Are Judgment Errors Reflected in Market Prices and Allocations? Experimental Evidence Based on the Monty Hall Problem
The question of whether individual judgment errors survive in market equilibrium is an issue that naturally lends itself to experimental analysis. Here, the Monty Hall problem is used to detect probability judgment errors both in a cohort of individuals and in a market setting. When all subjects in a cohort made probability judgment errors, market prices also reflected the error. However, competition among two bias-free subjects was sufficient to drive prices to error-free levels. Thus, heterogeneity in behavior can be an important factor in asset pricing, and further, it may take few bias-free traders to make asset prices bias-free. Copyright 2004 by The American Finance Association.
If you experience problems downloading a file, check if you have the proper application to view it first. In case of further problems read the IDEAS help page. Note that these files are not on the IDEAS site. Please be patient as the files may be large.
As the access to this document is restricted, you may want to look for a different version under "Related research" (further below) or search for a different version of it.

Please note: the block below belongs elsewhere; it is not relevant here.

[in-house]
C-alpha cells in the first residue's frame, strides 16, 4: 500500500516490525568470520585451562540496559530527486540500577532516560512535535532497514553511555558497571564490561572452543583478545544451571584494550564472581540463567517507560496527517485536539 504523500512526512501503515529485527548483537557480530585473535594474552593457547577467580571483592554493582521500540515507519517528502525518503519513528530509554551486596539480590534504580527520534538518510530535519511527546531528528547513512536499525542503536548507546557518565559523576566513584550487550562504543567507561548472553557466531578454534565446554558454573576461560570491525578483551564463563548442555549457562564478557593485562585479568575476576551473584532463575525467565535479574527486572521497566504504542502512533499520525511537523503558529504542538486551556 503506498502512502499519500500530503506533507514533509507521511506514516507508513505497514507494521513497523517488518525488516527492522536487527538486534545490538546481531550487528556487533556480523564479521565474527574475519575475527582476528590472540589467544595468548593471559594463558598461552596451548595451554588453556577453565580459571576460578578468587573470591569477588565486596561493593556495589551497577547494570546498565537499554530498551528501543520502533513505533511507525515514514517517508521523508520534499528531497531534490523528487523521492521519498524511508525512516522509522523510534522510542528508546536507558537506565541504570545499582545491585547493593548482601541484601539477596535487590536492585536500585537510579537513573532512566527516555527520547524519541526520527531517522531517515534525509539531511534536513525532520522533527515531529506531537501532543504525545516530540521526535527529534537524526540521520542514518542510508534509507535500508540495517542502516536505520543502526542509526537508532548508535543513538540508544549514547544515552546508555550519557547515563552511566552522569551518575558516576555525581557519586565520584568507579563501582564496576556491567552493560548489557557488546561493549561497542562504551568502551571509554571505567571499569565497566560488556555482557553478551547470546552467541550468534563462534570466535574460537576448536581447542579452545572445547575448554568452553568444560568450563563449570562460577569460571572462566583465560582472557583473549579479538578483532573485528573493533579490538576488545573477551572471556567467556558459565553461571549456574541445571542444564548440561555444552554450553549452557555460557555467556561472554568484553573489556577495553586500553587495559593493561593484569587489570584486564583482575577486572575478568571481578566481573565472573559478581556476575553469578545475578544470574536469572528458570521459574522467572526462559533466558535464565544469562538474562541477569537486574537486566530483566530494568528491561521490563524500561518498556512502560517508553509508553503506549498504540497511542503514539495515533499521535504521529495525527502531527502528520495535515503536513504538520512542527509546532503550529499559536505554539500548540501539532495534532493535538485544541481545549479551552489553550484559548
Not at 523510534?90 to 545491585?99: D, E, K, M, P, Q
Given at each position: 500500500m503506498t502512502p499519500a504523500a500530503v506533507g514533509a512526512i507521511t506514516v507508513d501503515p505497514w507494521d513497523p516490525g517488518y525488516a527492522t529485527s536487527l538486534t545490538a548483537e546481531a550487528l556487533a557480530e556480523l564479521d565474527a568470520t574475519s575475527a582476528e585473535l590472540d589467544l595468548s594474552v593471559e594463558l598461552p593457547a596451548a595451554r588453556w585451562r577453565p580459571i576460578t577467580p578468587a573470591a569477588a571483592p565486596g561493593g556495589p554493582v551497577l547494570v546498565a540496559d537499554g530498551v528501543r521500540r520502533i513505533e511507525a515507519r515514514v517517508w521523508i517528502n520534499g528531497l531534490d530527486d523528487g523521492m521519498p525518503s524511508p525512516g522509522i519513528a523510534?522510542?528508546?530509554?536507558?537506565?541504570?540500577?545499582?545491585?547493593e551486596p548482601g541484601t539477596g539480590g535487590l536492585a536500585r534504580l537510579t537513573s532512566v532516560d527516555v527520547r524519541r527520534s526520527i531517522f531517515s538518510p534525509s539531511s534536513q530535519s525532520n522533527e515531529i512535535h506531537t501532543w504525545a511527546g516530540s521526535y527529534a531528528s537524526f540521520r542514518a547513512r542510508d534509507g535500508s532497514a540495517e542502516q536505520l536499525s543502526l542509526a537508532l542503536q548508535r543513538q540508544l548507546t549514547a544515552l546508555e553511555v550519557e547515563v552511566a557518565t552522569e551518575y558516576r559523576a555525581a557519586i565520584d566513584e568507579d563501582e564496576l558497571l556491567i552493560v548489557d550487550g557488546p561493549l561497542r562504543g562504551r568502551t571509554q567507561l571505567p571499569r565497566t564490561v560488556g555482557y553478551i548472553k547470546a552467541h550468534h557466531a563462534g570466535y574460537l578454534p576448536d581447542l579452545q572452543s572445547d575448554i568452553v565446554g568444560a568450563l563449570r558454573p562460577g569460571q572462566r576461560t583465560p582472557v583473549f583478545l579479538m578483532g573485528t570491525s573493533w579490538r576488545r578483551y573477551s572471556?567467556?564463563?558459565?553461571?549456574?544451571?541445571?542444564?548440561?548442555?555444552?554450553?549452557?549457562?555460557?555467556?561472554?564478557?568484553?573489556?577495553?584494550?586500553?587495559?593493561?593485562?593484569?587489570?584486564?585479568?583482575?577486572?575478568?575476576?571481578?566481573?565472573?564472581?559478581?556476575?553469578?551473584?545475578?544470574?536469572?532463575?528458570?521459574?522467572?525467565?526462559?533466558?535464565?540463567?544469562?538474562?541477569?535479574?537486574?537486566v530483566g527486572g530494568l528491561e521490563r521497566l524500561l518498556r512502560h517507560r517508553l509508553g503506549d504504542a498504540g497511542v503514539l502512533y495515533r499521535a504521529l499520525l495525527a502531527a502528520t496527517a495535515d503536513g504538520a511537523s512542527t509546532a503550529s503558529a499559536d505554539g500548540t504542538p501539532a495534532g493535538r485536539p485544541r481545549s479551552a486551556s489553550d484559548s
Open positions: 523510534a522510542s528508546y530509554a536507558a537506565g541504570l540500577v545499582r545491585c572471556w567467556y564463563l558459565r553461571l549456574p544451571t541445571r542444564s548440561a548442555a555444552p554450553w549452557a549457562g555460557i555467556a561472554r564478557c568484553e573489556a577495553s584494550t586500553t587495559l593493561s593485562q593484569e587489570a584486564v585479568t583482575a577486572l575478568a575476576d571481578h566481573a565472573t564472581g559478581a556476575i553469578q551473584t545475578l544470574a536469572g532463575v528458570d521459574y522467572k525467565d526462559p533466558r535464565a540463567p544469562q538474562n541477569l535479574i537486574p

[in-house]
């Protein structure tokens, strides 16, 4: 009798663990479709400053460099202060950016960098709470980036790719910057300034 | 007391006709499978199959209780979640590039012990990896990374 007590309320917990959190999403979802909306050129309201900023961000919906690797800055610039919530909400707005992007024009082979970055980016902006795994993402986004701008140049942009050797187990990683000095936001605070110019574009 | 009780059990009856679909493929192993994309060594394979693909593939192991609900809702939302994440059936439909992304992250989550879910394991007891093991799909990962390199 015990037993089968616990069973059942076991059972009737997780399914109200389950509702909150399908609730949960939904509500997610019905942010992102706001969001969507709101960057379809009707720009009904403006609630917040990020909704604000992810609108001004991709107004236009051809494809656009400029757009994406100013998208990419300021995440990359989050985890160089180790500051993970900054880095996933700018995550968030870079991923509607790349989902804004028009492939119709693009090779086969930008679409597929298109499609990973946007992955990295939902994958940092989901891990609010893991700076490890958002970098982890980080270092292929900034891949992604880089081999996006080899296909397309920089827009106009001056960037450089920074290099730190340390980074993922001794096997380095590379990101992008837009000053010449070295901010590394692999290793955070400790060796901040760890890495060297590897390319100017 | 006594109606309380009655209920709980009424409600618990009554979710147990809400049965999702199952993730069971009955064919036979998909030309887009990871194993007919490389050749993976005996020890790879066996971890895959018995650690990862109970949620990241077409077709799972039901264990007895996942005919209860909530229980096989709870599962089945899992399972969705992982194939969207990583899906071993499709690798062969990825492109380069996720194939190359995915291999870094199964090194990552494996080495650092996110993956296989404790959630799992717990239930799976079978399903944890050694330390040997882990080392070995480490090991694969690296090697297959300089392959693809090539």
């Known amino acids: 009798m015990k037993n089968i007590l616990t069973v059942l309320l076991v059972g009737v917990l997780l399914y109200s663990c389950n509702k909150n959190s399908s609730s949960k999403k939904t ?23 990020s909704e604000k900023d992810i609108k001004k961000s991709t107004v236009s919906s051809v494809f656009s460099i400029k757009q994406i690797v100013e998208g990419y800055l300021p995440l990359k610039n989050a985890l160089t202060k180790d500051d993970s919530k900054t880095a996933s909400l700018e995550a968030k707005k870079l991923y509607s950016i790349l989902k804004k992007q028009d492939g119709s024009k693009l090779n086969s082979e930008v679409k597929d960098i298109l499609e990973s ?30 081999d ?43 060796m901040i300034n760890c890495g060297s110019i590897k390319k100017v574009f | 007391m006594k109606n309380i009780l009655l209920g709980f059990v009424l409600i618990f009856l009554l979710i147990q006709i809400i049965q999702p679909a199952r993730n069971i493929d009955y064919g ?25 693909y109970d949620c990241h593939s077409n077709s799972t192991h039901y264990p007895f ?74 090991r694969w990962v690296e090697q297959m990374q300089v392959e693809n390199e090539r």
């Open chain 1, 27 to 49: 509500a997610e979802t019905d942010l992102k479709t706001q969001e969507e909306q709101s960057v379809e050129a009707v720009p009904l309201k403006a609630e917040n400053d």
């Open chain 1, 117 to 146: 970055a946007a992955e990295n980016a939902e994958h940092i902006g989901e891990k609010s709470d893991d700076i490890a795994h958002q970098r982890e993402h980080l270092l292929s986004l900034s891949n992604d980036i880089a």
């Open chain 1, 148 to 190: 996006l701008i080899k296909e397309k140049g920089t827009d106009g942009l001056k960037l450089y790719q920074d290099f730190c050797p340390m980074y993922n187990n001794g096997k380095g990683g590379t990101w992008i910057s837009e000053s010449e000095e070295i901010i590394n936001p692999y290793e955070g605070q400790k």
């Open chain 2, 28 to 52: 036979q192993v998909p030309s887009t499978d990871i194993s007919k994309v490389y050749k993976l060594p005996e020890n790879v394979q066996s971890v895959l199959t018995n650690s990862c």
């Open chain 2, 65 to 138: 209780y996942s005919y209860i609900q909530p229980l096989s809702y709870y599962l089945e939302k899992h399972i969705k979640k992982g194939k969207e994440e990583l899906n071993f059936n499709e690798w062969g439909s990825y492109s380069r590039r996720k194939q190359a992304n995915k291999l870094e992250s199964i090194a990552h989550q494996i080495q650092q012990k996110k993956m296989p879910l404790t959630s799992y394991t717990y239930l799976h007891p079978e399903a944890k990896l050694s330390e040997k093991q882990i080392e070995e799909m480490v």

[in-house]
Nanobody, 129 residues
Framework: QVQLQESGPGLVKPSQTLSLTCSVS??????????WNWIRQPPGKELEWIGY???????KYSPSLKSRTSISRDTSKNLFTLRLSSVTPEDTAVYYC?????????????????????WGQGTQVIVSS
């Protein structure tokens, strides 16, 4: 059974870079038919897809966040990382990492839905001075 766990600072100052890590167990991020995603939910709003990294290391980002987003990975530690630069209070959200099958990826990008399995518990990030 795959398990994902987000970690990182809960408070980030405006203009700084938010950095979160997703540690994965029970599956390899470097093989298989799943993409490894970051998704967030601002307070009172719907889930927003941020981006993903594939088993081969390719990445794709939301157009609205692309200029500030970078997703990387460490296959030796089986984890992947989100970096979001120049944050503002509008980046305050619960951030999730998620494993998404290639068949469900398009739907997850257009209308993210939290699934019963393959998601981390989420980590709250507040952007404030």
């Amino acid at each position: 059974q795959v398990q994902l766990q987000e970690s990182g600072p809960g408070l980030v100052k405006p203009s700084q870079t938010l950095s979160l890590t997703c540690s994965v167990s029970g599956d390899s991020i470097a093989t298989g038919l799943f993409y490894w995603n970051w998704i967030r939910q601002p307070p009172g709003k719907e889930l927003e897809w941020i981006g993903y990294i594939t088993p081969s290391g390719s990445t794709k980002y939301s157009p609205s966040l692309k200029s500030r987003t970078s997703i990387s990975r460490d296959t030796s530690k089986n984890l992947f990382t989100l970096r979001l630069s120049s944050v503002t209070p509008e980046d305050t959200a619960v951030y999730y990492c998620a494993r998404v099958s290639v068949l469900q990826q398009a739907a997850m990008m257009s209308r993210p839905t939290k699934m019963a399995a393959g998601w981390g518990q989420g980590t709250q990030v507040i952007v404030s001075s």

Volume (Year): 59 (2004)
Issue (Month): 3 (06)
|Contact details of provider:|| Web page: http://www.afajof.org/|
More information through EDIRC
|Order Information:||Web: http://www.afajof.org/membership/join.asp|
When requesting a correction, please mention this item's handle: RePEc:bla:jfinan:v:59:y:2004:i:3:p:969-998. See general information about how to correct material in RePEc.
For technical questions regarding this item, or to correct its authors, title, abstract, bibliographic or download information, contact: (Wiley-Blackwell Digital Licensing)or (Christopher F. Baum)
If references are entirely missing, you can add them using this form.